It has been said, “Happiness is achieved not by having what we want — but by wanting what we have.” This is precisely where I find myself at this time in my life.
Certain practical lessons I have learned could possibly be helpful to others:
First, I would recommend postponing marriage and children until later in life. In my view, there is no more important decision any of us will ever make. Despite all the statistics that confirm the unlikelihood of marriage succeeding in the teen years, I somehow missed that lesson and caused myself and others a lot of unnecessary anguish. While I was fortunate enough to have been given a second chance at finding happiness, not everyone is that blessed, and the process of beginning again is anything but easy.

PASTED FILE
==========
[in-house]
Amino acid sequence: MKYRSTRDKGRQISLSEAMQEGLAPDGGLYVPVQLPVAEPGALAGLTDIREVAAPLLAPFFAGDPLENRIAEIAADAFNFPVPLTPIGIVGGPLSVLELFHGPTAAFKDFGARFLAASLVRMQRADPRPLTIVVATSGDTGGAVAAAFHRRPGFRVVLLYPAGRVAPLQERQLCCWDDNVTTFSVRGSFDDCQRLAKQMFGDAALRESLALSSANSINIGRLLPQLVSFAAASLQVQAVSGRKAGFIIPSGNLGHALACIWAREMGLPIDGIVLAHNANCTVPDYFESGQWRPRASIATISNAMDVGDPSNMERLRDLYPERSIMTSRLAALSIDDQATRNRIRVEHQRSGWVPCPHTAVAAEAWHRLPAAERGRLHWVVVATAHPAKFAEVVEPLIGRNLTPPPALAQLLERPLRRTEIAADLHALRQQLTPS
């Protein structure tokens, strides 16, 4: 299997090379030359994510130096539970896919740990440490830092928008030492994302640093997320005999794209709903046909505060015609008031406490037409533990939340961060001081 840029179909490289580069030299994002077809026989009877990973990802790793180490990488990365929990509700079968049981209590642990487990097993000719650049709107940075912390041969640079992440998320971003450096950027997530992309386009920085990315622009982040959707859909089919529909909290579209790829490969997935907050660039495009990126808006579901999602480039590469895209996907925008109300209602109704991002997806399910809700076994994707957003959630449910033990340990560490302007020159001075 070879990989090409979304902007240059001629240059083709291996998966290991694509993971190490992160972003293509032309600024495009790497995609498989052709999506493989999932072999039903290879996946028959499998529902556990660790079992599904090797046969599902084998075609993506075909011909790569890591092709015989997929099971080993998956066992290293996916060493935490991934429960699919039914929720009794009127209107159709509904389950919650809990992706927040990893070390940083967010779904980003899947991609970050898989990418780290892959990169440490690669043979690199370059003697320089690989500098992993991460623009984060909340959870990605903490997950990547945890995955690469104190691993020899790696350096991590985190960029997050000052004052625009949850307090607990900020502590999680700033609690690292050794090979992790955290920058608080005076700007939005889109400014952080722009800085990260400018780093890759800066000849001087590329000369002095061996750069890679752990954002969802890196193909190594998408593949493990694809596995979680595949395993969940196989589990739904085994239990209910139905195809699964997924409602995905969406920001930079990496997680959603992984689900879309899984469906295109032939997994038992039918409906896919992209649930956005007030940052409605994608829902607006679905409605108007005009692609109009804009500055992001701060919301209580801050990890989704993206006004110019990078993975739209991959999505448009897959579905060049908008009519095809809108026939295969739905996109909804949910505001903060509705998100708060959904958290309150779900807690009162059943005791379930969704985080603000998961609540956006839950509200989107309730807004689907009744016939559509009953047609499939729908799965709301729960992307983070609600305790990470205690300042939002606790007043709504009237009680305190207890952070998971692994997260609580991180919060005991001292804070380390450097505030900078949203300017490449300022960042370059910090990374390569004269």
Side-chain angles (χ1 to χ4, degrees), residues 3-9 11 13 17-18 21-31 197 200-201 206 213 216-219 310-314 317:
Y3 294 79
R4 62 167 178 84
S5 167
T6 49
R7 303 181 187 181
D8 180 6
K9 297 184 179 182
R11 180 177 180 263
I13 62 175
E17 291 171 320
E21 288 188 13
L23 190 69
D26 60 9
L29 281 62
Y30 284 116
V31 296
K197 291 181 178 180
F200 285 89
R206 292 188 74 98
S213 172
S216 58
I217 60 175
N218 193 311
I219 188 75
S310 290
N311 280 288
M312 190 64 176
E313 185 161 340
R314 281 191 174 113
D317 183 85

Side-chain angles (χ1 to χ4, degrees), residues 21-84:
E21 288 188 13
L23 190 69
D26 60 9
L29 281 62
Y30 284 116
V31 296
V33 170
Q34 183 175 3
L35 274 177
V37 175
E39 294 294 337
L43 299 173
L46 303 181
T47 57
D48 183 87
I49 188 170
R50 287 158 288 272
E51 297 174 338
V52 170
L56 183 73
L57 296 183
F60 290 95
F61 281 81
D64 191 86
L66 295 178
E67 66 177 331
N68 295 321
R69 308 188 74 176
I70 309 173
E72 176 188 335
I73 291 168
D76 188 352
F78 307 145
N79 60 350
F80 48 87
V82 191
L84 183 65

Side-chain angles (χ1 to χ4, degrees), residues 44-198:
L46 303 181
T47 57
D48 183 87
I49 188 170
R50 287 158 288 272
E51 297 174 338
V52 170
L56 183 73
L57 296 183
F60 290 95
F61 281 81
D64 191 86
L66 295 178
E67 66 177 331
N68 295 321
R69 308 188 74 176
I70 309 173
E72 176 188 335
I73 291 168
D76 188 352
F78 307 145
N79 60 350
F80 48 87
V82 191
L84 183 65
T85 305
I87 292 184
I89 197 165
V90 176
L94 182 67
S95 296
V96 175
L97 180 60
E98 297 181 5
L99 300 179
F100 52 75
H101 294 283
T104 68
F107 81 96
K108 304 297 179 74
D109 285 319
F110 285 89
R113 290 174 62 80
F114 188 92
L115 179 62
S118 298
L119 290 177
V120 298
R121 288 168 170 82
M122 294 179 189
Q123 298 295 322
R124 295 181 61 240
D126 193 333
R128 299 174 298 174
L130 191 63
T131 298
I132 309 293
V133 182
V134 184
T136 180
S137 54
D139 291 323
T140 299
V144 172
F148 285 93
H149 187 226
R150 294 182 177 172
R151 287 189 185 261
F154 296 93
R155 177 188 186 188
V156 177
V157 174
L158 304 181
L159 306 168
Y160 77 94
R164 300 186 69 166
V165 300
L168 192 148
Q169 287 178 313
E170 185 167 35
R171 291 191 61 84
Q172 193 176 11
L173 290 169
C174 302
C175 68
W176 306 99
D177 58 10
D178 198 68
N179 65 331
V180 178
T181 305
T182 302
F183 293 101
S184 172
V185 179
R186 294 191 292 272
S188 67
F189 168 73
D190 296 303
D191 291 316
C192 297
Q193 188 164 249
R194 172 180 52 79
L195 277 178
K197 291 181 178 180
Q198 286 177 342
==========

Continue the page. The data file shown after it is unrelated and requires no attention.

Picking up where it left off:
Second, I learned the hard way how important it is to maintain a healthy balance in life — between career and family, work and relaxation in particular. Achieving and maintaining this balance requires regular soul-searching as well as self-discipline. It is all too easy to rationalize when promotions, bonuses, and perks are being waved in your direction. The consequences of imbalance are easy to recognize: poor physical health, broken relationships, and spiritual poverty.
Third, I would advise anyone with a genetic predisposition to alcoholism to be wary about using this recreational drug. While treated as almost a social requirement in some settings, it is nothing less than toxic for anyone with this weakness. Having been sober for almost 20 years, I can attest to the freedom and joy that overcoming this illness can provide.